For early detection of tick infestations, careful attention should be paid, particularly in young children. During the time when ticks suck blood on the human skin, most patients hardly realize the infestation, since ticks slowly penetrate the skin with their hypostome and chelicerae, and inject saliva containing anticoagulants and anesthetic substance to the skin (Chae et al., 2000). Even after the tick is separated from the skin, careful attention is needed, because the capitulum remained in the skin could cause the tick-bite pyrexia (Chae et al., 2000). In addition, possibility of transmission of tick-borne diseases should be kept in mind, for example, Lyme disease, caused by B. burgdorferi (Lee et al., 1993; Kim et al., 1999; Lee et al., 2003; Kim and Kim, 2005), is transmitted by Ixodes tick bites (Park et al., 1992).

ACKNOWLEDGMENTS

We sincerely thank Dr. Baik-Kee Cho, Department of Dermatology, College of Medicine, Catholic University of Korea, and Dr. In-Yong Lee, Department of Parasitology, College of Medicine, Yonsei University, for their kind help in identification of the tick involved in this report.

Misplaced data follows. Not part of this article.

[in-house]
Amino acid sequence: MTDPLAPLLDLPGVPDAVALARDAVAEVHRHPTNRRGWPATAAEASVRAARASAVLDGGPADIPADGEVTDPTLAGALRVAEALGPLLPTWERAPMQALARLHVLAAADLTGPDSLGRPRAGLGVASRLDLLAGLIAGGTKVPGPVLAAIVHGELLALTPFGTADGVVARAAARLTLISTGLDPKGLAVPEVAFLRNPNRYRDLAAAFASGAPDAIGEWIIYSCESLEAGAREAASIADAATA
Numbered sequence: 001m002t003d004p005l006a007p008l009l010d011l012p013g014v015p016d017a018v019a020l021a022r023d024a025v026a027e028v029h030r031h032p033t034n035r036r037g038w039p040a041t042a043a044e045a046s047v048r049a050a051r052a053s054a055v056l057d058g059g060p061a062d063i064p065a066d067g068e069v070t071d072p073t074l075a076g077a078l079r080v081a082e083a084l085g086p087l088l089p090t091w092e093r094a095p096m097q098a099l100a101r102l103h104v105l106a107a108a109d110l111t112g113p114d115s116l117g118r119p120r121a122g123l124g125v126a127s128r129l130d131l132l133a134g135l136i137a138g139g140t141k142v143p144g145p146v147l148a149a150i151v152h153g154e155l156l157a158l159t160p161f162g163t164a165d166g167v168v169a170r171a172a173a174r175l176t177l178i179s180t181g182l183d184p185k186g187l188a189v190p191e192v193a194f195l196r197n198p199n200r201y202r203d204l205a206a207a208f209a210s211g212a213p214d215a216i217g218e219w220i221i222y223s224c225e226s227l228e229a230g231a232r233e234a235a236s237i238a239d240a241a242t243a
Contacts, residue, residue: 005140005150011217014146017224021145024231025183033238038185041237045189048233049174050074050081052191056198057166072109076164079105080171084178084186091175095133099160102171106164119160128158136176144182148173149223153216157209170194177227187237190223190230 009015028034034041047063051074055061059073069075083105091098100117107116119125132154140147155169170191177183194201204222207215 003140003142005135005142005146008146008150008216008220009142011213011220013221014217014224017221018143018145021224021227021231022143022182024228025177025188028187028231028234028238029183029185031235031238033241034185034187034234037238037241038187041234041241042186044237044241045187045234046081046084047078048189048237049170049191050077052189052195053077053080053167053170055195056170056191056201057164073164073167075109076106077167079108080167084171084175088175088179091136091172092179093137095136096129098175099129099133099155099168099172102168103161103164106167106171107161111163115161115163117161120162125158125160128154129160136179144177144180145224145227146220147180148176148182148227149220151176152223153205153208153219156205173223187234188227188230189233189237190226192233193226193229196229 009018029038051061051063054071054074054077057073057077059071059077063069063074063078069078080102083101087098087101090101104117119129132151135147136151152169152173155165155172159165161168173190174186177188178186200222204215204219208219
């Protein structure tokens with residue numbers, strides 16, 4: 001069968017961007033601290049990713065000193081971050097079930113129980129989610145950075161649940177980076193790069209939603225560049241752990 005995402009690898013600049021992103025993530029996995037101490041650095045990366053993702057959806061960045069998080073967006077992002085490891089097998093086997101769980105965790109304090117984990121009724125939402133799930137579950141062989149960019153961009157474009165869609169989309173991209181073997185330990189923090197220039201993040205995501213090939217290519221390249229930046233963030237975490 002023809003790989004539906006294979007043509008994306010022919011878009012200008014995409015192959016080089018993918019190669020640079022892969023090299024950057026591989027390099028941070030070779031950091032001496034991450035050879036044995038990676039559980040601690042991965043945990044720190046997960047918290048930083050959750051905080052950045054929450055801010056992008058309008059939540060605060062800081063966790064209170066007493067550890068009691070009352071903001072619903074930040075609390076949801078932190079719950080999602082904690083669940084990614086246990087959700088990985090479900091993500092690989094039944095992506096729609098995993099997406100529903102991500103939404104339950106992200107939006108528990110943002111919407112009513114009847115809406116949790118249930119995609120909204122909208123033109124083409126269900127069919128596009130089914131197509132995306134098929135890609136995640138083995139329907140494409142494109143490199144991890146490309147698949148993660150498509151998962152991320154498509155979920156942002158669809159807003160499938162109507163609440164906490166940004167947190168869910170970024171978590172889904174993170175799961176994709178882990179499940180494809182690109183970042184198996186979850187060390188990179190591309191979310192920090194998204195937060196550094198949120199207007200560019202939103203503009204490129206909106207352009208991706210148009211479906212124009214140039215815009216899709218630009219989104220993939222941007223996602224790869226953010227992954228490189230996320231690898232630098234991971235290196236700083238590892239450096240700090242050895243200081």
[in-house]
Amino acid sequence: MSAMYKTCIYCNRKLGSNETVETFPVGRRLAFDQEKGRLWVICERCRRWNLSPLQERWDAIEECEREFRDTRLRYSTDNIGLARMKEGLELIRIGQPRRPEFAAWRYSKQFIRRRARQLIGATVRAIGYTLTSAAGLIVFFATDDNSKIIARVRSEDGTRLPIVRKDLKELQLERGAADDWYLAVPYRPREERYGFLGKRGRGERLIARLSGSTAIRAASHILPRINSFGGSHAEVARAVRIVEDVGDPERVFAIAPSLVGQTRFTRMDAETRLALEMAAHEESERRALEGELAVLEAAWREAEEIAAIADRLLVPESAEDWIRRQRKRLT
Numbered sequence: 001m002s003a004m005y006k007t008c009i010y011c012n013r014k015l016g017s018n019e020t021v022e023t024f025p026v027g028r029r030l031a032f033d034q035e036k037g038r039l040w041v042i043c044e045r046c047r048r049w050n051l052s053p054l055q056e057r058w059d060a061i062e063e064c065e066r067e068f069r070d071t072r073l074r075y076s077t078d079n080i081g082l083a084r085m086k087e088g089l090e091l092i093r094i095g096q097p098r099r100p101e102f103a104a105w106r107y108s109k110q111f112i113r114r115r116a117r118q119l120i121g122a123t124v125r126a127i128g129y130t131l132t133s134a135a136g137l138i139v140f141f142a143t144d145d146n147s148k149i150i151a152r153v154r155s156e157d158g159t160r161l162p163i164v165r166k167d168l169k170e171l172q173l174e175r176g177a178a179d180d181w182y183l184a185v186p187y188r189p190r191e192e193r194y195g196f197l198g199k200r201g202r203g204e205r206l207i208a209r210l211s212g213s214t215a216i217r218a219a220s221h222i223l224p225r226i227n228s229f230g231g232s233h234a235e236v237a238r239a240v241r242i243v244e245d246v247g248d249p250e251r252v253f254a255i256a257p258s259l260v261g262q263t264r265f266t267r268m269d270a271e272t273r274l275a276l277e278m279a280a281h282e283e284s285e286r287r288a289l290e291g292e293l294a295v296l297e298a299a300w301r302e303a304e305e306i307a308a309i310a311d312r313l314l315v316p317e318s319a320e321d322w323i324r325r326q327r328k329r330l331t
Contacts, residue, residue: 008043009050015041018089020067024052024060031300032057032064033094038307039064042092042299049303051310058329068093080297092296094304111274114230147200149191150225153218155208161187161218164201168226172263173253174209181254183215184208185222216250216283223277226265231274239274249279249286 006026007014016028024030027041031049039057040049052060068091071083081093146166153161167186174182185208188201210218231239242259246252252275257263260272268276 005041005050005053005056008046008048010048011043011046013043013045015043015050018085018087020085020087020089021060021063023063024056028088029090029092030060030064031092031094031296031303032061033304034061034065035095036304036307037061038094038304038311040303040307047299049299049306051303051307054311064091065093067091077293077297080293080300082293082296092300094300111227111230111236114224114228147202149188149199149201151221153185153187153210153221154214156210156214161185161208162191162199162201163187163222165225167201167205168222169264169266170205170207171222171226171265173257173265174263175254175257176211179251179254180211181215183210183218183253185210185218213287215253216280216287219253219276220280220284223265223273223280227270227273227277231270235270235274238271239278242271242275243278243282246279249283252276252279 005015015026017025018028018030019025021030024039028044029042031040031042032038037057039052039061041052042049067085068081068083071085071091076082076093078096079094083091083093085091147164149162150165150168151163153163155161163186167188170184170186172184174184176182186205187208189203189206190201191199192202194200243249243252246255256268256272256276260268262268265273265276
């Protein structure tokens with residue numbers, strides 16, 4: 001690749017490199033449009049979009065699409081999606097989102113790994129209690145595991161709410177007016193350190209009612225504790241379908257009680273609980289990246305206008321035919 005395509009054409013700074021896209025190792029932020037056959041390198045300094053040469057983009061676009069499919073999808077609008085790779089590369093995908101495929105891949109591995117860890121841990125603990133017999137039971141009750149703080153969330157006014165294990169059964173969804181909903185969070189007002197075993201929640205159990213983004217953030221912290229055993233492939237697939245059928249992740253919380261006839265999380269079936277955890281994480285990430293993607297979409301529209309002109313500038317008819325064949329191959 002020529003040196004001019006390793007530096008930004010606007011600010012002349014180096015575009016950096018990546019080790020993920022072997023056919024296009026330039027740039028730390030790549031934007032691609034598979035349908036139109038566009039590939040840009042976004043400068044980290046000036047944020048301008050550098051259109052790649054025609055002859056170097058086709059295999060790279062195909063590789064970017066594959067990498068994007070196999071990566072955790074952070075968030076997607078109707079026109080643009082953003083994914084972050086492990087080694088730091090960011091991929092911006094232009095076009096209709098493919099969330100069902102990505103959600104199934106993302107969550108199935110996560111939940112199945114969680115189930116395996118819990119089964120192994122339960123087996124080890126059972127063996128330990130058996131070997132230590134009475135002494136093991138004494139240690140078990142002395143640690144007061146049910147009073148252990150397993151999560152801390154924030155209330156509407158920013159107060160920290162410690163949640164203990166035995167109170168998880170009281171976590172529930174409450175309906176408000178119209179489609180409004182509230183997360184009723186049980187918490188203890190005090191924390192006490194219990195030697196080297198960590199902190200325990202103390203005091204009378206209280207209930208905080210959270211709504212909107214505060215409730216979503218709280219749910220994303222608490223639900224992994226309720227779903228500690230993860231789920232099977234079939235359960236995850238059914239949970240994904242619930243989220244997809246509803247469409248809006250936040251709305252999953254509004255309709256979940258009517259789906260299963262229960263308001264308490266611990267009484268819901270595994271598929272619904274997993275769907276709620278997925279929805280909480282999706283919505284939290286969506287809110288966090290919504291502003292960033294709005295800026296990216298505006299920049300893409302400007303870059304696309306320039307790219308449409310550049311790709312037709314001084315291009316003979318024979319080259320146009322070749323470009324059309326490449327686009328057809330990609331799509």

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Fig. 1-4

Histological sections of the tick extracted from the scalp of a Korean boy. 1. A whole section of the tick (up; capitulum side, down; tail side) showing its characteristic body contour, cuticle structures, and well developed musculature (M). H-E stain, × 40. 2. An enlarged view of box 2 in Fig. 1 showing well developed salivary glands (SG) and cuticle with pore canals (arrowheads). H-E stain, × 100. 3. An enlarged view of box 3 in Fig. 1, the capitulum side. A part of the capitulum (arrow) is seen sectioned. H-E stain, × 100. 4. An enlarged view of box 4 in Fig. 1 showing the characteristic saw-like cuticular surface and a pore canal. H-E stain, × 400.